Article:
Trending Articles

Blog Post

Tech

What is SMTP Server? – Definition, Functions, Commands, And More

What is SMTP Server? – Definition, Functions, Commands, And More

Definition SMTP Server

They are the acronym for “simple mail transmission protocol.” But, there is nothing simple for numerous of us: it is an additional practical term that is very unclearly understood. In reality, SMTP is part of the expertise that many of us use today regularly. What is an SMTP server, and what is it used? We will tell you.

The SMTP attendant is a computer in charge of loud out the SMTP service, temporary as an “electric postman.” It allows the conveyance of that email over the Internet. SMTP relay works very simply: if the SMTP server authorizes the sender and addressee identities, then the distribution is done.

Let’s say it’s like the web pole office: it collects the sender’s email and brings it to the recipient’s local post workplace, which is another SMTP server. It was born in 1982 and lasts to be the most extensively used Internet standard today.

To break this unhappy a bit more, let’s imagine the route your regular email would have to do at snail speed to reach its destination.

How does SMTP relay work?

We will explain the operation of the SMTP relay in a little more detail.

When an email is through the SMTP relay protocol, the validation of a series of text commands (of the ASCII character string) are subsequently sent to an SMTP server. Port 25 or 587 are generally using.

In this process, the content email does not come into play, but the attention of the SMTP language defines exclusively in the transmission.

Every time an email is sent using the SMTP protocol, a new session of the SMTP relay service is opening. Then, a series of information exchanges are carried out between the email client and the destination SMTP server, as if it were a conversation.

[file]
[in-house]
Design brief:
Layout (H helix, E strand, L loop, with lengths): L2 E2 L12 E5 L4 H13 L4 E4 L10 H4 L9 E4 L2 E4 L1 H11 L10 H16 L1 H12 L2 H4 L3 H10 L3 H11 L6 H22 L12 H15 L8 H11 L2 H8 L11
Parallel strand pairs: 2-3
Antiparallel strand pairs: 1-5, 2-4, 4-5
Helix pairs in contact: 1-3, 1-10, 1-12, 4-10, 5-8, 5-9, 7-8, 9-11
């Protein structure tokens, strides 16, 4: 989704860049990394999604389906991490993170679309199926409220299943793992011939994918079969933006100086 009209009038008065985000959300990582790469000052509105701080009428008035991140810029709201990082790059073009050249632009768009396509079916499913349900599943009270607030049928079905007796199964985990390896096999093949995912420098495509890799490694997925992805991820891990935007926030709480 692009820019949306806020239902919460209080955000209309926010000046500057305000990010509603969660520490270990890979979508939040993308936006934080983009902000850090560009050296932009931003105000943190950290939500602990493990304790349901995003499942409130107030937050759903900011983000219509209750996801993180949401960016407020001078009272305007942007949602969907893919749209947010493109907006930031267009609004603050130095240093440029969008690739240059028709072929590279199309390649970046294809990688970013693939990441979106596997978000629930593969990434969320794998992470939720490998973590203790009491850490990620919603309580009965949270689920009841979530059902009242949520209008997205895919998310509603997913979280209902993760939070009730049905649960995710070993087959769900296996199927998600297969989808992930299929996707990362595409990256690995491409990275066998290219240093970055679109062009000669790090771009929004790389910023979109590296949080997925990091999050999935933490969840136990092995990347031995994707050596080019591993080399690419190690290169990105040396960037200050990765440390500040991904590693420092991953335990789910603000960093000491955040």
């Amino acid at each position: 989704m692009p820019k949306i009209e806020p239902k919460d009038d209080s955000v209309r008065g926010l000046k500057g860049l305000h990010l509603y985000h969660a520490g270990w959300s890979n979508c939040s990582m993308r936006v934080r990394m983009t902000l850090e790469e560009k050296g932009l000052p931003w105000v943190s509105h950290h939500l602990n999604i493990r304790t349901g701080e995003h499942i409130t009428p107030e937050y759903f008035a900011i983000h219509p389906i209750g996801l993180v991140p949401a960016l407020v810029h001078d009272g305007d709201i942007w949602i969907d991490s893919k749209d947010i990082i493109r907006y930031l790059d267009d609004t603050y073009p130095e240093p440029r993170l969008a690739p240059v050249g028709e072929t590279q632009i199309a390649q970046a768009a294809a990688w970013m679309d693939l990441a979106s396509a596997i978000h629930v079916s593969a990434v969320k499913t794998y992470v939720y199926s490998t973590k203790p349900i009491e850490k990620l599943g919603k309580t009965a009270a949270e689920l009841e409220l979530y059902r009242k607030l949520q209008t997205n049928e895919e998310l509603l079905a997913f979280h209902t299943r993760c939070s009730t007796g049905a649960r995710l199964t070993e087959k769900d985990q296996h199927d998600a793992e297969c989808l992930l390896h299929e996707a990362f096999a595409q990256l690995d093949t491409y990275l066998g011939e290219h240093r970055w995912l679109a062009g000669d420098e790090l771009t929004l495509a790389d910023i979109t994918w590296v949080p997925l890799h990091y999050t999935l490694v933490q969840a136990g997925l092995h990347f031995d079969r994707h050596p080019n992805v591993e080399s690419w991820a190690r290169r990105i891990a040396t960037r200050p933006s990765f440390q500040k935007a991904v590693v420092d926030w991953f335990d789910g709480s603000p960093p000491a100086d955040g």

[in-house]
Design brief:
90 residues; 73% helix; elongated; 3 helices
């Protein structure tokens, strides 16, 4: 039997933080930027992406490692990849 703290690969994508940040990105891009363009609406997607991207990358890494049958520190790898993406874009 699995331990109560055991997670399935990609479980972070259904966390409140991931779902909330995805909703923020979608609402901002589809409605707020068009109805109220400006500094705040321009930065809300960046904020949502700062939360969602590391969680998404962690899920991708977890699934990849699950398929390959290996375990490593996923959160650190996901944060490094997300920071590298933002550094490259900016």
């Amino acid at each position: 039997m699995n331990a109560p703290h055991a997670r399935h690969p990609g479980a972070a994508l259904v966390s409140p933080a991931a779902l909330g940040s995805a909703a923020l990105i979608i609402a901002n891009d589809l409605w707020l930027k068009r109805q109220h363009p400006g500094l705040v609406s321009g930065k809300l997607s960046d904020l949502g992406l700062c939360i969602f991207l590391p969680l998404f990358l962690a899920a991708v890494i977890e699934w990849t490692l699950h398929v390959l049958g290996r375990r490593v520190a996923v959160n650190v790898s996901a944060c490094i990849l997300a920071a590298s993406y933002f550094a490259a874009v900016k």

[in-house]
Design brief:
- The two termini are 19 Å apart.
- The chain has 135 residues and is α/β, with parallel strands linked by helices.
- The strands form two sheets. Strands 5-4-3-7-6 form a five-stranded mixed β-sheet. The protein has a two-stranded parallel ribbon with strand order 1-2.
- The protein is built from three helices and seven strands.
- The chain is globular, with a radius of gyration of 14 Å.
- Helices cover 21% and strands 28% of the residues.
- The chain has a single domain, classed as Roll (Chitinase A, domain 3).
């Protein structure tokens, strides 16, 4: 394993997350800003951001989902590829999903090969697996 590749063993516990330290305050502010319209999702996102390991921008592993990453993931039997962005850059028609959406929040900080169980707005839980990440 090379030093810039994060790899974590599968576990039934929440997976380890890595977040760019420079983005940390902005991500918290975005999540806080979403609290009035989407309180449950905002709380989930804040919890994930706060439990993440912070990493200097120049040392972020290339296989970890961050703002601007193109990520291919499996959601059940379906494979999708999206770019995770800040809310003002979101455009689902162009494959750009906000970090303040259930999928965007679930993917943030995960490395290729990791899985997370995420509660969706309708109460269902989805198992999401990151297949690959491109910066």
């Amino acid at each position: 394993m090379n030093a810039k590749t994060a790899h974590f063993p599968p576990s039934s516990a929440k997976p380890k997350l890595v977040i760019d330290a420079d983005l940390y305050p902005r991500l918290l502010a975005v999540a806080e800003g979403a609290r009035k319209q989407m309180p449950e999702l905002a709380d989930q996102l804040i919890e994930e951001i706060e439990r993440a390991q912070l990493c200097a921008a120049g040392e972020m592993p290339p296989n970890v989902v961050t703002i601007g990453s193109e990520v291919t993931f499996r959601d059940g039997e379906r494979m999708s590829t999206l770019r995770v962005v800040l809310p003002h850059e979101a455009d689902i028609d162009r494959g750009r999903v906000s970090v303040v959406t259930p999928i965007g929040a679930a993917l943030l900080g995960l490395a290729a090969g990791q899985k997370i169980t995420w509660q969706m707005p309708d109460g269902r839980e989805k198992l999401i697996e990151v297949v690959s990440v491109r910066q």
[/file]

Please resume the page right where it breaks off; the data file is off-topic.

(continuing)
SMTP Commands

The conversation occurs using elementary text commands. The most mutual are the following:

  • HELO: to open a meeting with the server.
  • EHLO: to open a session in case the server supports extensions defined in RFC 1651.
  • MAIL FROM: to indicate who is sending the message.
  • RCPT TO: to display the recipient of the message.
  • DATA: to predict the beginning of the message, it will end when there is a line with only a dot.
  • QUIT: to close the session.
  • RESET: Aborts the current transaction and deletes all records.
  • SEND: Initiates a transaction in which the message is delivered to a terminal.
  • VRFY: Request the server to verify an entire argument.
  • EXPN: Asks the server to confirm the opinion.
  • HELP: This allows you to request information about a command.

Let’s look at an example of a friendly conversation between the email client and the SMTP server.

This exchange is initiated by the “EHLO” command, followed by the “MAIL FROM” command. MAIL FROM command will allow us to identify the sender.

Next, it is sent with the «RCPT» command that allows the server to identify the recipient. Then the «DATA» command, through which the content of the email is sent.

Finally, the command “QUIT” is sent, indicating the end of the exchange and the conversation between the email sending client and the server.

Every time this process occurs, the SMTP server will send the responses of these clients by email to warn if the commands are valid or not.

What type of SMTP server should you choose?

Use your SMTP server:

Establishing and maintaining an own SMTP server is usually an option for companies concerned with security and process control. Also as well as reliability of the service, as they sometimes do not know the standards that external providers can offer.

However, having your SMTP server is a task that can quickly become expensive and time-consuming. Using our technology implies allocating resources to its management and maintenance, and we cannot always count on the most outstanding advances or the best functions.

Also Read : E-Commerce – What Is An E-Commerce Business Website?

Review What is SMTP Server? – Definition, Functions, Commands, And More.

Your email address will not be published. Required fields are marked *

Related posts